Bits and bobs have been going recently, so I’ll give you a brief update, if you’re that way inclined …

I have an interview with Tony Eames up at NFReads

‘What is/are the real-life story(ies) behind your book(s)?

I draw a lot from real-life: actual incidents, people, names. My most recent publication, Gumshoe Blues, is about a private eye called Peter Ord. He’s named after one of my friends from my hometown of Hartlepool, and a lot of the scrapes he’s involved in are based on things that have happened to me or my friends – or friends of friends. Usually the most absurd things, as I’ve no interest in reading about the mundane and can’t imagine that anyone else does either.’

You can read the rest here.

GUMSHOE BLUES has been picking up some more than decent reviews …

Blogger MERMAID IN THESE JEANS said:

‘Gumshoe Blues is a clever, humorous piece of work and in Peter Ord you have an endearing if perpetually hapless central figure who you can’t help finding yourself rooting for.’

Over at Amazon.co.uk, DANNY FARNHAM said:

The author never lets the book get too dark, as it is peppered with razor sharp wit and one-liners that had me giggling like a schoolgirl. I’ll definitely read more by this author..’

And Dr J said:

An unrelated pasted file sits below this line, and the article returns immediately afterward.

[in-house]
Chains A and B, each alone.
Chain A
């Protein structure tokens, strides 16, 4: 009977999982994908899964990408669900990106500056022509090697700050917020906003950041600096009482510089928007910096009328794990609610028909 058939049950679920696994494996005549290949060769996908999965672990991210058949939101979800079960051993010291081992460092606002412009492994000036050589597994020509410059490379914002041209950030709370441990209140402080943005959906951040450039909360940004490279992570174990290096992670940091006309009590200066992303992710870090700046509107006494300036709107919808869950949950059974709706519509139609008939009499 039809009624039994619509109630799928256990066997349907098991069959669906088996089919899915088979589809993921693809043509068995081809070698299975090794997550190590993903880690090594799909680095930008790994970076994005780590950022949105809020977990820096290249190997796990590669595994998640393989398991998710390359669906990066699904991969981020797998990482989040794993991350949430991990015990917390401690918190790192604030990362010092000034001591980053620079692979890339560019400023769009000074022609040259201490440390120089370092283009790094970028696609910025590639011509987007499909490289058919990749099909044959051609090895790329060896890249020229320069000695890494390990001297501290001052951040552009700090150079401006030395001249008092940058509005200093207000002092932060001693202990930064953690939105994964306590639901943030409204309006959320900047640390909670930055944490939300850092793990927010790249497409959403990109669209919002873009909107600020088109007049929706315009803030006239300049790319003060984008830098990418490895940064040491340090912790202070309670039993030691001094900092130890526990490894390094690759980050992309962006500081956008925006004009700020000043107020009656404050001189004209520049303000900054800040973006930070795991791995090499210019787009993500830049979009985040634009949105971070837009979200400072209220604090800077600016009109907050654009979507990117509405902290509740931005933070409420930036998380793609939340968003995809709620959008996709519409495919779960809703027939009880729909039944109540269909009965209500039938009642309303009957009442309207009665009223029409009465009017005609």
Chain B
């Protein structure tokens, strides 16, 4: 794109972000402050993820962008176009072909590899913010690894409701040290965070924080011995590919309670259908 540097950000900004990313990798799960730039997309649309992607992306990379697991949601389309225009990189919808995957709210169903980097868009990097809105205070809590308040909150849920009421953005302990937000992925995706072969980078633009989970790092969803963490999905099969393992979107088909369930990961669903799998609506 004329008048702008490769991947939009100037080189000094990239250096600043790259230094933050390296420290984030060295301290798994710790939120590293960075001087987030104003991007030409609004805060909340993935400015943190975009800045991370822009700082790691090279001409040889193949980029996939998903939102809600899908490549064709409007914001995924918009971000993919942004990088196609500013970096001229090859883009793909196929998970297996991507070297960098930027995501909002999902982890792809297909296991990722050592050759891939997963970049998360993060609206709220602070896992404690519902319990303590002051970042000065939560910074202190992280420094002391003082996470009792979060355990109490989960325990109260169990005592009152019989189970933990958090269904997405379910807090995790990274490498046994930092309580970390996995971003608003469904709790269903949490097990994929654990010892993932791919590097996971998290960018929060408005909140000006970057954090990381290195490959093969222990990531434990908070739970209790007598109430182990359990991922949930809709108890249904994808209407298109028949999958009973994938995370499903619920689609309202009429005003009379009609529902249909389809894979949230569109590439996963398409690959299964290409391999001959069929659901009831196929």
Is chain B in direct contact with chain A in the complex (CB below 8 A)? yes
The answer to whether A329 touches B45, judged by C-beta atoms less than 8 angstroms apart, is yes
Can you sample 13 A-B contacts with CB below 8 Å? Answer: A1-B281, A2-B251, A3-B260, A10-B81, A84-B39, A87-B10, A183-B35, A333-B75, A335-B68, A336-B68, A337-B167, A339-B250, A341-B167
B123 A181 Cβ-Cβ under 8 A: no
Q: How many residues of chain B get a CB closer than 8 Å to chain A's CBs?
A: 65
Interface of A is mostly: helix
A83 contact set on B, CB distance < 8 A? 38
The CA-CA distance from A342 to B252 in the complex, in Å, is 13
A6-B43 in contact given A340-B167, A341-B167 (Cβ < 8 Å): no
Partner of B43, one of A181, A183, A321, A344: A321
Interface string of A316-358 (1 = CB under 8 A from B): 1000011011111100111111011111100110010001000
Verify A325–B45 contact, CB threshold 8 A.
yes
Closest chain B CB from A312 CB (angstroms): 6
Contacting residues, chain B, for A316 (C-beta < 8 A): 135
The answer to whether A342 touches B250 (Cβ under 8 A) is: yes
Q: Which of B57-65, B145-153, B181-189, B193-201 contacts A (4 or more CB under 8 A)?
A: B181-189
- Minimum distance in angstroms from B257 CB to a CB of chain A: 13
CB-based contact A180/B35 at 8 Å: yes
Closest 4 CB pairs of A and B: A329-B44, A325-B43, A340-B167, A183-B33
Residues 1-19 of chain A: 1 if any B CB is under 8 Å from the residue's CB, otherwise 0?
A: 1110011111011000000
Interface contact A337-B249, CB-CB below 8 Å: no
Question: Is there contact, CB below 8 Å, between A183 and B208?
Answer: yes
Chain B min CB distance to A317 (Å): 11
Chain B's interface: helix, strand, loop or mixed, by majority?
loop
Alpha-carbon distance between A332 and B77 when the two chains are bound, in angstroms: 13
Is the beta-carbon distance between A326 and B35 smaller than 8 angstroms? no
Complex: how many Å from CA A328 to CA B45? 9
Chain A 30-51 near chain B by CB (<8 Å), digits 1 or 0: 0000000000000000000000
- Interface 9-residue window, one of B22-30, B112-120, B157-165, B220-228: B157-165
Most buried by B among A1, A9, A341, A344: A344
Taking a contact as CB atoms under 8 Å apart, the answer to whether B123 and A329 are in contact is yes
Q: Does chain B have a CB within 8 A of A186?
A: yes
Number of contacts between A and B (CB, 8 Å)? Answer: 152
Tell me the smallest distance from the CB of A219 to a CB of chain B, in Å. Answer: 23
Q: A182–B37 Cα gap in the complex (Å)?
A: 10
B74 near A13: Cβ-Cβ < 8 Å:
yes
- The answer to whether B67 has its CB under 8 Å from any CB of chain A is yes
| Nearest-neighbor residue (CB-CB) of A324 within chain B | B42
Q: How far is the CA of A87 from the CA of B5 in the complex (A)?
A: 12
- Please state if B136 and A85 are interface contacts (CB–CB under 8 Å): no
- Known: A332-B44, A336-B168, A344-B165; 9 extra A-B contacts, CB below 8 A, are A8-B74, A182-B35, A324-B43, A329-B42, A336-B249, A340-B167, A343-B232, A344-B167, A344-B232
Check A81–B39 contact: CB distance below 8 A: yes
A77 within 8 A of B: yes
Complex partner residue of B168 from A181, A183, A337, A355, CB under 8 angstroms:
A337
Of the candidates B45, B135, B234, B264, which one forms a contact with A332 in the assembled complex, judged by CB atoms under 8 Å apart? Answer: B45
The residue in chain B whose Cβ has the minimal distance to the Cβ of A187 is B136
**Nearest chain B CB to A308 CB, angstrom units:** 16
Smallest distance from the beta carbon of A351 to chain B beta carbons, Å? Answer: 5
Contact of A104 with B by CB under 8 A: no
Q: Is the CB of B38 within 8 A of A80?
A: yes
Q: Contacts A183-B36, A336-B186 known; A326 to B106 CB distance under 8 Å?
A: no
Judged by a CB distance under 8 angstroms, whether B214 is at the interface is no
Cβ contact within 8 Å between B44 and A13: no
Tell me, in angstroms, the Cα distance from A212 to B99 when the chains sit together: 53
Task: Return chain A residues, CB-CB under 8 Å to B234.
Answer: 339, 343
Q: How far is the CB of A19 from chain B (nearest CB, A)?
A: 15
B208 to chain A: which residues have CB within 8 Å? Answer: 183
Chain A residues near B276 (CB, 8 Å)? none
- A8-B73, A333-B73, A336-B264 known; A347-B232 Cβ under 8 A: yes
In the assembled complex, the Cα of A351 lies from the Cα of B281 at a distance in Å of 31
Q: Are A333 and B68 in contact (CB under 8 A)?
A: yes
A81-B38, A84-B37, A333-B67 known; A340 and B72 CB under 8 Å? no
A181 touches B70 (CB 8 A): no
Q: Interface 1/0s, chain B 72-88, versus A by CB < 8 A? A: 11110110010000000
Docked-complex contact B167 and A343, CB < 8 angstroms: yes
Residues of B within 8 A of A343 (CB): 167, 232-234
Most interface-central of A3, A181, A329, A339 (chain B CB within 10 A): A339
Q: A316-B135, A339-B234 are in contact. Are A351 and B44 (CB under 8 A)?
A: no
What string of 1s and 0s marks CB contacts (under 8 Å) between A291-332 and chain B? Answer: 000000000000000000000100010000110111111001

‘I recently had the chance to read Gumshoe Blues by Paul Brazill. It was a lyrical and engaging example of detective fiction.’

PORTRAIT OF THE ARTIST AS A  CONSUMER was a regular feature in the New Musical Express back in the ’70s and‘80s where musicians listed favourite books, films etc. I always enjoyed it, so I thought I’d rip off the idea and revive it for PUNK NOIR MAGAZINE.

I recently did one myself.

You can read it here.

gumshoe blues

Gumshoe Blues is reviewed at STORGY MAGAZINE

Barbara F Jones, BRIT GRIT, Close To the Bone, Gumshoe Blues, Paul D Brazill, Peter Ord, Reviews, Seatown, Storgy Magazine

Over at STORGY MAGAZINE, Barbara F. Jones takes an early look at GUMSHOE BLUES – which will be published by CLOSE TO THE BONE  at the end of the month.

She says it’s

A thoroughly enjoyable read. Brazill’s vivid imagery doubled with his noir-yet-comical style make it impossible to put down.

Read the rest of this cracking review here.

Gumshoe Blues

 

 

 

Some Top Reviews

Aidan Thorn, Elgin Bleeker, Kill Me Quick!, Last Year's Man, Paul D Brazill, Reviews, Supernatural Noir

 

20180810_175041-e1552119751445.jpg

My books have had some very tasty reviews lately, which is nice.

Over at The Dark Time, ace crime writer Elgin Bleeker reviews Last Year’s Man and says:

‘Picking up a novel by Paul D. Brazill, a reader can expect fast paced action, humorous observations, funny dialogue, and a seedy, noir quality. His book, Last Year’s Man, delivers all that and something else: a touch of melancholy, a bit of sadness.

Tommy Bennett, an aging gun for hire, reluctantly comes to the conclusion that he is too old for his chosen profession. That profession is killing people and doing it efficiently with no trace of his involvement.